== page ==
KANSAS CITY, Mo. (AP)—If Zack Greinke were throwing chairs and kicking over tables, could anyone blame him?
The hard-luck right-hander has thrown well almost every time out, but is still winless despite a quality ERA of 3.09.
In nine starts this season—including Sunday when Kansas City rallied for a 4-3 victory over Tampa Bay—his teammates have scored only four runs during the 47 1-3 innings he’s been in the game.
Greinke came into Sunday’s start with a run support of 0.68, worst in the majors, and left in the seventh with a frustrating 1-1 tie.
Surprisingly, Greinke (0-4) seems neither angry nor bitter.
“My job is not to score runs,” Greinke said. “My job is to make the pitches, and if I make a bad pitch, my job is to make the next pitch. And if I make my pitch and the guy crushes it, then my job is to make the next pitch.
“It’s about winning. It doesn’t matter how many runs you get or how little runs you get. If you win, you win.”
Interim manager Bob Schaefer insists Greinke’s attitude is genuine.
“One thing about Greinke, it doesn’t bother him,” Schaefer said. “This guy’s a winner. He’s a team man. He’s too mature to get frustrated. It’s just a matter of time before he starts getting wins.”
Angel Berroa had an inside-the-park home run in the third inning for the Royals, who won three of four from a Tampa Bay team which dropped to 2-13 on the road.
Mike MacDougal (2-1) got the victory with 1 1-3 innings of hitless relief but almost saw his effort go to waste, too.
“We had an opportunity there,” Devil Rays manager Lou Piniella said. “The last two or three innings we had chances to score every inning.”
Center fielder Damon Hollins raced back to get Berroa’s drive in the third and had the ball in his glove for what would have been a great catch, but it popped out when he banged into the wall. Berroa easily circled the bases before left fielder Chris Singleton could retrieve the ball and get it back to the infield.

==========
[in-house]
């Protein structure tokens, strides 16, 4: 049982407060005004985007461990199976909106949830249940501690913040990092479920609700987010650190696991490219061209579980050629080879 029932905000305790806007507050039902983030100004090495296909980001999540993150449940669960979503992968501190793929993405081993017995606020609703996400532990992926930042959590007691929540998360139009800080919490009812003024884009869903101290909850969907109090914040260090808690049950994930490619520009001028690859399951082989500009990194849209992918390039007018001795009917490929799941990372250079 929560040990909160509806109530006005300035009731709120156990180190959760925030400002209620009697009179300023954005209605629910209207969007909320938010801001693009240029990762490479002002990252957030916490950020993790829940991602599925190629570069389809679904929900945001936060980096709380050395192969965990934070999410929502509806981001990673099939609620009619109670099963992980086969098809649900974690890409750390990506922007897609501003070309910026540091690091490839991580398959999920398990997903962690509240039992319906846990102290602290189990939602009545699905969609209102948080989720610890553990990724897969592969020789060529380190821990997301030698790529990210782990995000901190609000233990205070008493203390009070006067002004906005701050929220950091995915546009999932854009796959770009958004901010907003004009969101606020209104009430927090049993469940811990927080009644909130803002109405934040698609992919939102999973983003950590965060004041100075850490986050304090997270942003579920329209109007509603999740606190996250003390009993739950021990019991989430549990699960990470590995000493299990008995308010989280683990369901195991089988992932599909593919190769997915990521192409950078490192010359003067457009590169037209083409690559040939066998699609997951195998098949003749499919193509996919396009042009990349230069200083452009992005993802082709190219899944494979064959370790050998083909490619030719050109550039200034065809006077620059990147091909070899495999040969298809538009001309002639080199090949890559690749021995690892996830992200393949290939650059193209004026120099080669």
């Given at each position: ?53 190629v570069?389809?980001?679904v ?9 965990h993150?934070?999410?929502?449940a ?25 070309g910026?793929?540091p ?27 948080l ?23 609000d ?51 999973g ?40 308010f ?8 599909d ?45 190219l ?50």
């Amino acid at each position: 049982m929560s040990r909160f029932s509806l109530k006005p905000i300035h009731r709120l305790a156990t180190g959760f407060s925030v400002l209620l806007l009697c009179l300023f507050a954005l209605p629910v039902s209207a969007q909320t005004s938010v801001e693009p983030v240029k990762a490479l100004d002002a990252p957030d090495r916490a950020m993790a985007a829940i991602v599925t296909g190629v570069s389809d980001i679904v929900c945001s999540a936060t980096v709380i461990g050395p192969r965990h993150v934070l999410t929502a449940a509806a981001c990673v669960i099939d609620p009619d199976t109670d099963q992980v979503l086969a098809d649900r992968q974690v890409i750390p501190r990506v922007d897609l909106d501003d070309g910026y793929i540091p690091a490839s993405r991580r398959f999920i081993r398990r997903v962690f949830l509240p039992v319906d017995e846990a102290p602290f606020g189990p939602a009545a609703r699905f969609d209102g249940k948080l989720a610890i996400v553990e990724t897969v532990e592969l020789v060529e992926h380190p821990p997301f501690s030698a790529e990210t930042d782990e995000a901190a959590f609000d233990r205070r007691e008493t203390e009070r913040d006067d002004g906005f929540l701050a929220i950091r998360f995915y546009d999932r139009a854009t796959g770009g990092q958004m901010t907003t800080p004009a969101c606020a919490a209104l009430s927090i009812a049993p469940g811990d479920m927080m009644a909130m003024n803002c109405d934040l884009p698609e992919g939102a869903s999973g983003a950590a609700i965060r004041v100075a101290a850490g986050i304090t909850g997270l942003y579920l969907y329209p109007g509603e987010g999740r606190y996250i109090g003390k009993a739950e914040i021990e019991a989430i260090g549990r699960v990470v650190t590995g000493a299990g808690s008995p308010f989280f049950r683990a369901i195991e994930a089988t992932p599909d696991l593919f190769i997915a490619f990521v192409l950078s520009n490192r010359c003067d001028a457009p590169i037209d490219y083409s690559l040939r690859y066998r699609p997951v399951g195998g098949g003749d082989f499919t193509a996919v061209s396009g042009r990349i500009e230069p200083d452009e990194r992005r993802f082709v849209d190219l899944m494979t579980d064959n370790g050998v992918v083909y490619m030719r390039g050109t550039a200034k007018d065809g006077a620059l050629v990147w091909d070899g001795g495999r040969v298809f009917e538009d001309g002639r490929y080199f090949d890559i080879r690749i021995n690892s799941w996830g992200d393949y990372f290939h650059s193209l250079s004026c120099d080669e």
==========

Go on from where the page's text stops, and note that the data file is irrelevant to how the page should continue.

It was just the ninth home run the Royals have hit in 17 home games this season.
Asked what part of his body hit the wall, Hollins said, “Everything.”
“Knee, chest, face—I ate the whole wall,” he said. “I just wish I could have held onto it. When you run and you run full speed into the wall … it’s the player that’s going to go down 99 percent of the time.”
Hendrickson (1-2), Tampa Bay’s 6-foot-9 left-hander, walked Emil Brown leading off the seventh and gave up a single to Terrence Long before Castillo lined the second triple of his career down the right-field line. After Mark Teahen grounded out, Hendrickson balked, sending Castillo home with the third run of the inning.
“I came in and looked at it (on film). It’s minor,” Hendrickson said of the balk. “I don’t know what to say about that. It was one of those things, it was such a small, minute thing, you really had a hard time seeing it in slow motion even on the screen.”
The Devil Rays tied it 1-all in the sixth on Aubrey Huff’s RBI single.
Hendrickson went seven innings and gave up four runs and nine hits.
Tony Graffanino singled his first two at-bats and then lifted a liner into left which bounced out of a hustling Singleton’s glove. But Graffanino was out on a close play at third trying to stretch a double into a triple.
Royals 2B Joe McEwing started a terrific double play in the third, making a diving stab of Lugo’s line drive behind the bag and then throwing to first to double off Alex Sanchez, who was running on the play. … McEwing was the victim of a standout play in the fifth when Hendrickson speared his line drive. … 1B Mike Sweeney missed his fourth straight game and was still expected to return on Tuesday. … Berroa’s was the 88th inside-the-park homer in Royals history. … It was also the first home run the Devil Rays had given up in seven games, one short of the team record. … The Devil Rays had not lost a series to the Royals since Aug. 1-3, 2003. … The Devil Rays are 1-10 in day games.